Group helps to find win-win solutions

Consultants will work with St. Pete Beach officials and residents to iron out redevelopment controversy.

Published June 14, 2006

ST. PETE BEACH -- Using the latest technology and techniques, consultants will try in one day Saturday to untie the knot that is St. Pete Beach's redevelopment controversy years and hundreds of thousands of dollars in the making.

"It is a real art, what we do," said Andrea Henning, the executive director of Collaborative Labs, an offshoot of St. Petersburg College that aims to help groups and organizations solve thorny problems and plan for the future. Henning's group is donating the cost of the event, which would typically be about $8,500, she said.

Henning has her work cut out for her because the city is holding fast to its position about the need to redevelop certain areas by allowing taller hotels and mixed-use buildings, while opponents say redevelopment will overrun the city with new residents and the new hotels will block out the sun. While the issue covers many areas of the city, this event will focus only on the resort district along the west side of Gulf Boulevard.

"Instead of focusing on where the divides are," Henning said, "we will focus on where the strengths are. Then we'll go into the future and say, 'What will the ideal St. Pete Beach look like in 10 or 15 years.'"

"Then we'll have them paint the picture. What can everybody support in the future?"

The controversy has resulted in a handful of lawsuits involving the city and a group of residents opposed to its plans. Residents have sought referendums on the city's plans while the city has contended such referendums would violate Florida law and its constitution. A hearing on two of those suits is Friday. The City Commission will also discuss tonight adding another referendum question to the growing list of legal challenges that have already cost the city more than $145,000.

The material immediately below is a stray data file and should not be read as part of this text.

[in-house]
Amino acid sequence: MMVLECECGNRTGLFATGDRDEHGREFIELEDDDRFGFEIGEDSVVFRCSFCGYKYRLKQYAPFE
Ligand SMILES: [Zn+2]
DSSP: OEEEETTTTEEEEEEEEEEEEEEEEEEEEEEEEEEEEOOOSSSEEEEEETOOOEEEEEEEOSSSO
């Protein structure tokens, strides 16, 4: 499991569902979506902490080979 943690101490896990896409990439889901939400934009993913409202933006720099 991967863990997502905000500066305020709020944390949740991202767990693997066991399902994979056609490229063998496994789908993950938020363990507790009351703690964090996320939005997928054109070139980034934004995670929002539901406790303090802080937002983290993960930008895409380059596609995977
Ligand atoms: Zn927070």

The Collaborative Labs event will involve about 50 people using the organization's state-of-the-art facility at the EpiCenter, 13805 58th St. N in Largo. Participants were chosen from neighborhood associations, business groups and appointees from city commissioners, who will also participate.

The event will run from 9 a.m.-4 p.m. and be filled with numerous breakout sessions for small groups to solve problems, as well as joint sessions where participants can vote on presentations. At the end, Henning said, she expects the group to have reached a consensus on next steps and who will be responsible for taking them.

The public is invited to watch the collaboration, but a complete record will be available online through the Collaborative Labs Web site, and a video of the affair will be replayed on the city's television channel 15.

Collaborative Labs has performed these kinds of conferences about 120 times in the last 18 months, Henning said. They have dealt with issues like rapid transit or homelessness and have also worked with corporate clients like Honeywell and Jabil Circuit.

"Because we focus more on a positive future, people are mobilized to action instead of finger pointing," she said. "We've never walked out without a consensus."

Henning is familiar with St. Pete Beach's controversy through consultations with the city and after reviewing a meeting May 31 about the need for resort redevelopment. At that meeting, the city's consultant, Pete Sechler of Glatting Jackson, reviewed the economics of encouraging hotel development through density and height. Residents asked political questions but did not challenge Sechler's research.

Sechler was asked if he supported a citywide referendum on redevelopment and appeared to say he did, but later said he hadn't understood the question. He said straw votes and collaboration are necessary, but that he could not advocate a public vote.

Henning said she knows this event will have its pitfalls but believes her group's techniques will lead the way to understanding even among participants so sharply divided.

"I anticipate we'll earn our money on Saturday," she said. "It's a passionate group of people."

Paul Swider can be reached at 892-2271 or pswider@sptimes.com or by participating in itsyourtimes.com.